Every time I venture over the Santiam Pass toward the beautiful haven that is Bend, I start thinking of ways I could successfully make it my new home.
The metropolis of Central Oregon is bursting at the seams with fun outdoor activities, delicious breweries, dry weather, great skiing and my most treasured aspect — hiking trails galore.
Once over the pass and into the city of about 78,280 Bendites, I begin to rationalize quitting my job, working at Mount Bachelor all winter and living in a tiny apartment. While it may not be the smartest move for my career, nor for my finances, the trade-off could be worth the jump.
And then I stop day dreaming and soak up the warm mountain sun, breathe in the smell of pine trees and forget worrying about the future.
Cascade National Scenic Byway, just outside of Bend, stretches from Mount Bachelor all the way to Highway 58 near Oakridge, offers endless lakes, trails, camping spots and adventure.
Recently, friends and I took a trip to the area with all things necessary for camping as well as a couple of inflatable kayaks.
Not quite knowing where we wanted to end up, we chose Lava Lake campground at random as our destination for the night. Arriving long after dark, we paid for the campsite and set up our tent with the help of a headlamp, and 20 minutes later, we were enjoying the crackle of a fire in an otherwise silent Deschutes National Forest.
Lava Lake is just one of the many places one can stop to camp, swim, or hike on the byway. Some of the surrounding attractions include Cultus Lake, Crane Prairie Reservoir, Elk Lake and Mount Bachelor.
After a light breakfast and a hike along the shores of Lava Lake, we packed up camp and headed toward Bend, pulling the car over more times than I can remember to take photos and admire the many natural attractions that make up the area.
The first thing that caught my eye less than 20 minutes into the drive was the turquoise-green waters of Devils Lake, a 23-acre shallow lake 10 miles from Mount Bachelor. People were canoeing in the water as well as fishing. The small lake offers 11 walk-in camping sites and some of the most beautiful clear (and cold) waters in the area.
Mount Bachelor was up next. Usually covered in snow and skiers, Mount Bachelor defines the word powerful in the winter, but in the summer, it seems much more inviting for those who aren’t as excited about rigorous activity in below-freezing temperatures.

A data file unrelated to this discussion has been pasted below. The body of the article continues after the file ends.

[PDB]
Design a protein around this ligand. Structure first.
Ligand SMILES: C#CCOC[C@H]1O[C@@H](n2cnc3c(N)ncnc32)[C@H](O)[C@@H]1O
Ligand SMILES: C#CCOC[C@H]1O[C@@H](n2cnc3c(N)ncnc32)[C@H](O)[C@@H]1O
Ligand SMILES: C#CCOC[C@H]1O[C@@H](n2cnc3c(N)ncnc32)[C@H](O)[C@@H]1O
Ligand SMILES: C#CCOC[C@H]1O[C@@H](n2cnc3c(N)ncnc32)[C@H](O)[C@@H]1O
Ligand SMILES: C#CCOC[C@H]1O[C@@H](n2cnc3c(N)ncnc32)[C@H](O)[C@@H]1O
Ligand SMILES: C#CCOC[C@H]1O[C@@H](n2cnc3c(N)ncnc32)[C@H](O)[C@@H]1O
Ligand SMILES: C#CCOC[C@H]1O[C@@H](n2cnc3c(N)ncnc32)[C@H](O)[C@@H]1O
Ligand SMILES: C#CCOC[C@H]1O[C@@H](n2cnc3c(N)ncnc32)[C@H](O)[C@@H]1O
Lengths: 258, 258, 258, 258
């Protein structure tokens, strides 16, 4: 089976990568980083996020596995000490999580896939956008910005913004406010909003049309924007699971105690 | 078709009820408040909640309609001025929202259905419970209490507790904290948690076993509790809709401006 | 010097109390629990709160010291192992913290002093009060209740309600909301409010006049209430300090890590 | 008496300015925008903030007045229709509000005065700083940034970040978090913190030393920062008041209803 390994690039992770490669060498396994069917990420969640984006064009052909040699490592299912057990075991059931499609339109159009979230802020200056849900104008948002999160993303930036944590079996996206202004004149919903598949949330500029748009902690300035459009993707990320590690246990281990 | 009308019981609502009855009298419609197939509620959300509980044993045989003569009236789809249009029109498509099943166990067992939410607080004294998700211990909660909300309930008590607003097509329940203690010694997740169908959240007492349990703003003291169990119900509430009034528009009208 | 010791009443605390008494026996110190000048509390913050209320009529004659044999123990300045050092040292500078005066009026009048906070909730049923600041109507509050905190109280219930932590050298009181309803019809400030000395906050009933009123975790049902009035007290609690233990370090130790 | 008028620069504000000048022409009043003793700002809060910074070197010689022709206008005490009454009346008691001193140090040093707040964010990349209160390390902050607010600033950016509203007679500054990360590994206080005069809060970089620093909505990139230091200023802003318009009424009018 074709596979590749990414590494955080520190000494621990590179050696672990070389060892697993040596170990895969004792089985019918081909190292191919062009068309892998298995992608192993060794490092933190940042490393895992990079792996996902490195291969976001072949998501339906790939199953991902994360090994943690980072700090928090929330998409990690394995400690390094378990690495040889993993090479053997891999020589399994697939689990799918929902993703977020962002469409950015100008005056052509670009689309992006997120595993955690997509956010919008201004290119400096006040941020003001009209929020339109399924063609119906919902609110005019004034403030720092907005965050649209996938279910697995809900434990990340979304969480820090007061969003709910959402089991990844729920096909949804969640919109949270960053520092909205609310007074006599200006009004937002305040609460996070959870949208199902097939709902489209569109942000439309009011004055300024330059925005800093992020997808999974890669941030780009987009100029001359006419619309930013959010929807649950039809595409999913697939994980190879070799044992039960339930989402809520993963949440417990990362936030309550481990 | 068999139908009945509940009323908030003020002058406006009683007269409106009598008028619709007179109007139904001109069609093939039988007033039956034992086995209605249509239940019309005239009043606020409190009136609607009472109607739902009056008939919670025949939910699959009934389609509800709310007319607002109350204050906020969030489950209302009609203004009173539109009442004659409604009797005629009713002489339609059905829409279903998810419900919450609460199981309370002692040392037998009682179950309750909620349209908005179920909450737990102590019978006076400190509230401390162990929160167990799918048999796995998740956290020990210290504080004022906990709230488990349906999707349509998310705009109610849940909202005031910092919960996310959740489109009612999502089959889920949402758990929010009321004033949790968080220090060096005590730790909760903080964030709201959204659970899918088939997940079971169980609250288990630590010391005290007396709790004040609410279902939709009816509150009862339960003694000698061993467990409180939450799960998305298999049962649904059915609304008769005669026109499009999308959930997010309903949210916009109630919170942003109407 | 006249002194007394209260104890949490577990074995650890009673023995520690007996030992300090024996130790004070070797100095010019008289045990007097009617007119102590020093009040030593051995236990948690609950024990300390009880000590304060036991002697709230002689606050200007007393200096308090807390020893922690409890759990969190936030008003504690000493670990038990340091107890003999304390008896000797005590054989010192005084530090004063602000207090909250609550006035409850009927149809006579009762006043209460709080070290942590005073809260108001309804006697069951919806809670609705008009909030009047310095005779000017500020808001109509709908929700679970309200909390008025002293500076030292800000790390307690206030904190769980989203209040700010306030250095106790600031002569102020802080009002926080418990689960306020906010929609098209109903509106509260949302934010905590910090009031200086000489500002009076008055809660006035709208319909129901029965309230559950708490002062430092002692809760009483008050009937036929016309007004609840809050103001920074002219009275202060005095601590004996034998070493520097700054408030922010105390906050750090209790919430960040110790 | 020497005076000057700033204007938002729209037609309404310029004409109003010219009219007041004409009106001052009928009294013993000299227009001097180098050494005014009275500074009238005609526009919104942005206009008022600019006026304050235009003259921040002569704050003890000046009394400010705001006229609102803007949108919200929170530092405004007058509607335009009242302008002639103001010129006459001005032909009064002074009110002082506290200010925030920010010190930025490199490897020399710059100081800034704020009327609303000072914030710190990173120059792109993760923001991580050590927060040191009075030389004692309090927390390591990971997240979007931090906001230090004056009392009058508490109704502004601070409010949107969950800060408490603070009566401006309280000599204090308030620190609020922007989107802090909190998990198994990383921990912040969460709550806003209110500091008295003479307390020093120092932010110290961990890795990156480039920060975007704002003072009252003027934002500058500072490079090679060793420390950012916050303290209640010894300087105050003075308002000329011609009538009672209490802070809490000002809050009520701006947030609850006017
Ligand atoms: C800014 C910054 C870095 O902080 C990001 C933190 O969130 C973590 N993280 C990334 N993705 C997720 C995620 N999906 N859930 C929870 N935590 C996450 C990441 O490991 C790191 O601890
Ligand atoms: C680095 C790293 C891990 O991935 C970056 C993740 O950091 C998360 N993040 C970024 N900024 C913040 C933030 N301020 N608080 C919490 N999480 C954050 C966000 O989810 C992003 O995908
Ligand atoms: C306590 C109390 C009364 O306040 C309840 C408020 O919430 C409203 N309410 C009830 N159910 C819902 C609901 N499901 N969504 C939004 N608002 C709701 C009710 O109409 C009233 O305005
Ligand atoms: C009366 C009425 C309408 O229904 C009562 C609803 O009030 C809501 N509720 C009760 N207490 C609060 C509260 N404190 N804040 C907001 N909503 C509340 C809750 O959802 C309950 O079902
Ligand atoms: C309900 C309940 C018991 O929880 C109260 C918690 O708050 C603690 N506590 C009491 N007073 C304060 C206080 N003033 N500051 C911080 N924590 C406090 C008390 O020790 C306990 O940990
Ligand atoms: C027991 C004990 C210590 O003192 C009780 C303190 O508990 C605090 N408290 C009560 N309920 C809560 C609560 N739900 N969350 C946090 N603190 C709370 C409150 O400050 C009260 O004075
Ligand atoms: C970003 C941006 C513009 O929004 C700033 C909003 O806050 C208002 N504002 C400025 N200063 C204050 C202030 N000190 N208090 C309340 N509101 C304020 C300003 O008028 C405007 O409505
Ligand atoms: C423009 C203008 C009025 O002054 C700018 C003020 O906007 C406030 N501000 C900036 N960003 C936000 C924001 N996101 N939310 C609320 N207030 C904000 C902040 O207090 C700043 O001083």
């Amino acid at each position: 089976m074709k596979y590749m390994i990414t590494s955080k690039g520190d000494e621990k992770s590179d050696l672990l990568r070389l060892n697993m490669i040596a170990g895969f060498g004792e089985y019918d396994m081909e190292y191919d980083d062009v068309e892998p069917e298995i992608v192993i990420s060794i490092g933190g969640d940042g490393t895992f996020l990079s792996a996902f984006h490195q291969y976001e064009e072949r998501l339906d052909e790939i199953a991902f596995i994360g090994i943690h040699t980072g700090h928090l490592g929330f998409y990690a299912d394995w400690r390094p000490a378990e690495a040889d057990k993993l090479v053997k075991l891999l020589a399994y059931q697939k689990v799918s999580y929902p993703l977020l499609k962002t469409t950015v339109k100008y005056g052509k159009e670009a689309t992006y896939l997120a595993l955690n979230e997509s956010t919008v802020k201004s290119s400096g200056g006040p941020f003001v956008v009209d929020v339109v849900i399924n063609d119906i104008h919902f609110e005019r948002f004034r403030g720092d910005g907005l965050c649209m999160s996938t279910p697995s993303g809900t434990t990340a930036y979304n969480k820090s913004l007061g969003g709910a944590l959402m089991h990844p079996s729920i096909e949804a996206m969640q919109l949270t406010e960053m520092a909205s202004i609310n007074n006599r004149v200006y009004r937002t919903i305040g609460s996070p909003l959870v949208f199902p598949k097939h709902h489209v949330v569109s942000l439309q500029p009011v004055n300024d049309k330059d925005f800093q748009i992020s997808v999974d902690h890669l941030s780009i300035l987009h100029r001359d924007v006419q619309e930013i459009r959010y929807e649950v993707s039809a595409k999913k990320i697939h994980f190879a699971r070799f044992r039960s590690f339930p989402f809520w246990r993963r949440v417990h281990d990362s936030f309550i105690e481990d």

We grabbed some coffee from the coffee shop within the lodge and sat at a table outside, admiring the mountain bikers and people traveling up the ski lift to hike around toward the summit. For $17, you can ride the ski lift to the Pine Martin Lodge halfway up the mountain and get some food, a beer or just take some photos.
Mount Bachelor is well known not only for its snow activities, but for its 13-mile downhill mountain bike park, which is open from 10 a.m to 4 p.m. Fridays through Sundays through October. Tickets for the park vary depending on your age and how high up the mountain you want to go.
Don’t want to pay $17? Neither did I. Instead, I followed my ears toward the echoing sounds of barking. Just to the right of the main ski lodge was a teepee where small blonde puppies were chasing one another. Naturally, I headed in their direction and found an abundance of dogs all strung together.
Yes, they were sled dogs. Throughout the year, Mount Bachelor offers sled dog rides several times a day. During the winter, a ride with the sled dogs is $75, but in the summer, when the dogs still have just as much energy to expend and not as many sledders, the cost of a ride is just $10.
While I didn’t take a ride on the sled, I did get to hold the sleepy Alaskan Husky puppies.